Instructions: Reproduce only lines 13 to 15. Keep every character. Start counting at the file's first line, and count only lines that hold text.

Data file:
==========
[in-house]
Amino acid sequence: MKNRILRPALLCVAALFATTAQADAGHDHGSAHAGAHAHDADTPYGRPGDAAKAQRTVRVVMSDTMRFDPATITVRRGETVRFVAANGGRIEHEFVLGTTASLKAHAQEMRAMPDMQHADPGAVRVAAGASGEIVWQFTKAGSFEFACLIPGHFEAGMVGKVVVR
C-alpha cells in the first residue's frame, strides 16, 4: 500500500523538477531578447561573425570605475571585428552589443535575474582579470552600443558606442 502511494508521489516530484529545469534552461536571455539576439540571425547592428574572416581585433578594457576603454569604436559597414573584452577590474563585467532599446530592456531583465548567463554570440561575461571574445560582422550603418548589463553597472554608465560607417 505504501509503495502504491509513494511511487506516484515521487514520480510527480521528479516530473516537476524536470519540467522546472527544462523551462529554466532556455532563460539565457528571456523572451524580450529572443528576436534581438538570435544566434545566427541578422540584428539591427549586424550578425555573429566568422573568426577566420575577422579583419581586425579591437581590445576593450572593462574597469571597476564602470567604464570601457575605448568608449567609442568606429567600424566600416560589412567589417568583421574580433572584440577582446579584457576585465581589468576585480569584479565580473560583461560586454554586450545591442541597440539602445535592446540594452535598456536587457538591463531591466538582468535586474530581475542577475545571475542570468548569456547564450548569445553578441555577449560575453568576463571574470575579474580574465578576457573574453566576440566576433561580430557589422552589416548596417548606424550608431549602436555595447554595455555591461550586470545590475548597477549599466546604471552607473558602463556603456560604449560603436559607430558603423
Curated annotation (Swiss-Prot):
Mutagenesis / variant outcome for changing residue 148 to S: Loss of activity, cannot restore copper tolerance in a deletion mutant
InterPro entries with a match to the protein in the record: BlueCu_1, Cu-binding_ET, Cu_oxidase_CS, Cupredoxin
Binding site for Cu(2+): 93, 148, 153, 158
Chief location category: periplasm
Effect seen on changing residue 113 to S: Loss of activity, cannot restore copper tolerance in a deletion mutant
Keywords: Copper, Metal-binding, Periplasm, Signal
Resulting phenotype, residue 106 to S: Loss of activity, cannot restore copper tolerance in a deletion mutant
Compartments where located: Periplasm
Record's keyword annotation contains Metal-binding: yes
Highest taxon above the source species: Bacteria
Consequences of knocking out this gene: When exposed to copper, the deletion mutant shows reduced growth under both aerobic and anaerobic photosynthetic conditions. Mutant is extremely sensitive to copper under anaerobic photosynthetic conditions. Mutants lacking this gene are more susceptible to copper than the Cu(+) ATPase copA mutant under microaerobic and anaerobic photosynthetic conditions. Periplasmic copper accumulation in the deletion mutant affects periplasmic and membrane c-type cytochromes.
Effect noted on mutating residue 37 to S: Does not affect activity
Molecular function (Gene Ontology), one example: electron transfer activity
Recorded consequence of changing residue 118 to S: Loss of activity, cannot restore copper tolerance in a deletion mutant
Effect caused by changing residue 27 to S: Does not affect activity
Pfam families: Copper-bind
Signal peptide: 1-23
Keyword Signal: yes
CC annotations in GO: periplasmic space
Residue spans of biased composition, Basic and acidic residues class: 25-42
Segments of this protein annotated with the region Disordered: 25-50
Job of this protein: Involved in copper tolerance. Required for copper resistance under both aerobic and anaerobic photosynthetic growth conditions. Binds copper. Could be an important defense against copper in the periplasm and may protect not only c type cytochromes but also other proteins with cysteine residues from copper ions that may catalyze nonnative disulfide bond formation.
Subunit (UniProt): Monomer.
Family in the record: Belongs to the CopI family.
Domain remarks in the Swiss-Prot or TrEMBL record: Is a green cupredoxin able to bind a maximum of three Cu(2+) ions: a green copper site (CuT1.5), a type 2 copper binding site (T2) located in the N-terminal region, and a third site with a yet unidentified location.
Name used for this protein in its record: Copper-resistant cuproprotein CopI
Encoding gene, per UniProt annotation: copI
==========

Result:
Record's keyword annotation contains Metal-binding: yes
Highest taxon above the source species: Bacteria
Consequences of knocking out this gene: When exposed to copper, the deletion mutant shows reduced growth under both aerobic and anaerobic photosynthetic conditions. Mutant is extremely sensitive to copper under anaerobic photosynthetic conditions. Mutants lacking this gene are more susceptible to copper than the Cu(+) ATPase copA mutant under microaerobic and anaerobic photosynthetic conditions. Periplasmic copper accumulation in the deletion mutant affects periplasmic and membrane c-type cytochromes.